- To succeed in population-based alternative payment models with two-sided financial risk, health systems should embrace assuming the role of the payer and work to get all staff on board with the model, suggested Jackie Selby, a healthcare and life sciences member at the consulting firm Epstein Becker & Green, PC.
Population-based alternative payment models, such as capitation payments, require providers to assume the majority of financial and clinical risk for select patient groups. The models aim to incentivize providers to improve care quality while ultimately reducing overall healthcare costs.
However, the shift of financial risk from payers to hospitals for the population-based alternative payment models may unnerve some health system leaders.
Only one-third of healthcare organization received more than half of their revenue from a risk-based alternative payment model, a 2016 American Journal of Managed Care study revealed.
Another recent report from Leavitt Partners also indicated that most accountable care organizations (ACOs) are either risk-adverse or still experimenting with financial risk models. About 61 percent of ACOs were in upside-only risk-based alternative payment models, meaning the providers did not have to repay financial losses.
One-half of ACO leaders also shared that they would prefer to enter more shared savings arrangements in the future verse two-sided financial risk models.
Despite health system trepidation, industry stakeholders continue to push for more risk-based alternative payment model adoption.
CMS recently launched MACRA’s Quality Payment Program with two value-based reimbursement tracks. While the federal agency anticipates most eligible clinicians to participate in the Merit-Based Incentive Payment System, it offers the greatest incentive payments to those partaking in an Advanced Alternative Payment Model.
All Advanced Alternative Payment Models require eligible clinicians to take on two-sided financial risk for either patient populations or care episodes. In exchange, the clinicians will earn an automatic 5 percent value-based incentive payment for sufficiently participating in a model in 2017.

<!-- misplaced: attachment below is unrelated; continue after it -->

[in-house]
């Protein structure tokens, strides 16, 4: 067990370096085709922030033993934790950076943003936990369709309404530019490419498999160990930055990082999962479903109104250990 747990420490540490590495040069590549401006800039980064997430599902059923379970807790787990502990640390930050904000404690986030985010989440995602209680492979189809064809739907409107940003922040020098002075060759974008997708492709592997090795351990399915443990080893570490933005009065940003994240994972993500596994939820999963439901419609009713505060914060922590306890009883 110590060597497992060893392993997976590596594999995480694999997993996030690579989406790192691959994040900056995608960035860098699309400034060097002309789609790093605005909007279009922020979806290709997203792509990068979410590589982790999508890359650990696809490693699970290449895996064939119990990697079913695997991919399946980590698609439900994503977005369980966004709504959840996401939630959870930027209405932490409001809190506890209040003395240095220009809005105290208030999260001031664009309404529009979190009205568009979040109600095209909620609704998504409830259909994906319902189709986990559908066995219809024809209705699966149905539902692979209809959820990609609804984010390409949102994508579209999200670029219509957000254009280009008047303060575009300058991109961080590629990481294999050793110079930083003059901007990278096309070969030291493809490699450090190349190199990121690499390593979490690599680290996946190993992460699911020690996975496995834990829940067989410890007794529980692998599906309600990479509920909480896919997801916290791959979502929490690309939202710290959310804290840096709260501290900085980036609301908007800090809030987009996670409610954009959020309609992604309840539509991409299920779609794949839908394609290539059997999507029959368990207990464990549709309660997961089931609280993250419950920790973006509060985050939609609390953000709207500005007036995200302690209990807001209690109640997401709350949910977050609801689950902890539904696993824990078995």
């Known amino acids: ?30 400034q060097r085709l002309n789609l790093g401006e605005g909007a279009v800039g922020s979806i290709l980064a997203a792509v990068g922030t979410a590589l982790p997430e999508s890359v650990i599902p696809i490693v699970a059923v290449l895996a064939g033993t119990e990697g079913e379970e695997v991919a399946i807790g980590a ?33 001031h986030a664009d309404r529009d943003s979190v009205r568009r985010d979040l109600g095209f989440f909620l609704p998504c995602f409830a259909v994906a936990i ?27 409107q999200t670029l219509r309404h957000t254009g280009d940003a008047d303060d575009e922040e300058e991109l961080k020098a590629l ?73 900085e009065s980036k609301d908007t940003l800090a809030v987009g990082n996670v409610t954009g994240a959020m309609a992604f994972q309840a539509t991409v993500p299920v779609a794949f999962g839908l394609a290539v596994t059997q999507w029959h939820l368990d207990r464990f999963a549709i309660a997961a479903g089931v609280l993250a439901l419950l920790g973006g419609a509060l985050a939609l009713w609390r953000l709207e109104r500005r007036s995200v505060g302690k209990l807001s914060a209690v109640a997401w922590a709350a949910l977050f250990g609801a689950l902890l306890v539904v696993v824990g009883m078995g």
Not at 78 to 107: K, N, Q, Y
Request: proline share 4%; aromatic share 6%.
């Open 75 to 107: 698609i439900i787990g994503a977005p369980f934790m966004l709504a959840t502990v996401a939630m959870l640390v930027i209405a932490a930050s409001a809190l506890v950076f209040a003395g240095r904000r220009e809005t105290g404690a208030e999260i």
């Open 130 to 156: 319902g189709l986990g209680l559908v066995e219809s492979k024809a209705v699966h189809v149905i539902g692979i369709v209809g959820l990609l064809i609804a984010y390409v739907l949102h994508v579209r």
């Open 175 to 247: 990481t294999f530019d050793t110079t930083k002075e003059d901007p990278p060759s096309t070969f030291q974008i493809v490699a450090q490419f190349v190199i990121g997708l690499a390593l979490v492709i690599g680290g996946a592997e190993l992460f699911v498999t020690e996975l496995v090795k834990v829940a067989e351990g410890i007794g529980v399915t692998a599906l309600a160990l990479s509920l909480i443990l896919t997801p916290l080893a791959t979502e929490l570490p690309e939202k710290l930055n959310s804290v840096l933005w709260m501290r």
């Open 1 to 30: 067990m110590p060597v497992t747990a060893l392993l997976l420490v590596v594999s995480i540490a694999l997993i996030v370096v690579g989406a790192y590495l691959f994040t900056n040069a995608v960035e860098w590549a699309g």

CMS intends for the higher incentive payments to encourage more eligible clinicians to join a risk-based alternative payment model.
With industry-wide pressure, more health systems are turning to population-based alternative payment models. Selby advised these systems to address key components of population-based risk structures that payers traditionally managed, including population size, provider networks, data analytics, and utilization management.
"You can spread the risk more with a bigger population, just like with an insurance company."
A major capability health systems need to successfully implement population-based alternative payment structures is a large patient population.
“There is no one population size that's ideal for population health, but the large is important,” said the former Deputy General Counsel of United Healthcare and Vice President for Oxford Health Plans. “There's a reason I think there are minimums in the laws, such as the Medicare Shared Savings Program which is 5,000 lives and in New York where it’s 25,000 lives for its biggest risk sharing contract.”
“You can spread the risk more with a bigger population, just like with an insurance company,” she added.
Health systems that feel their population size may not support population-based alternative payment models with added financial risk should look to their patient attribution models.
“It depends on their own system and who they're contracted with and how the patients would be attributed to them,” she explained. “If it's mostly a primary care attribution model, which is pretty traditional, a hospital system could affiliate with more primary care doctors in the community to add more population to the model.”
Health systems should also take over the payer responsibility of developing provider networks that encompass the necessary physician types and services for population health management.
“Normally the health plan, without sharing risk with the hospital system, would be providing their members with the network,” Selby said. “This is managed care. It would be a PPO or an HMO-type product and there might be a gatekeeper, like a primary care doctor, from who you have to get a referral.”
“If the plan is then sharing the risk with a hospital system for members who get services at the hospital system, then they may expect the hospital system to be able to have a network of providers,” she continued.
From inpatient to outpatient and post-acute care to specialty services, health systems must offer a wide range of provider services to prevent leakage as health plans do with their networks.
"The move to value-based payment aims to keep patients out of the hospital and as close to the home as you can get."
“They're acting like the health plan for a portion of the population,” she pointed out. “The network that they have has to be robust enough to have all the services available. It must also have access to all those providers within their own network because once you go outside of the network, you can't really control the cost as well. Ideally, you have a very robust network to be able to provide all these services and to contain the cost.”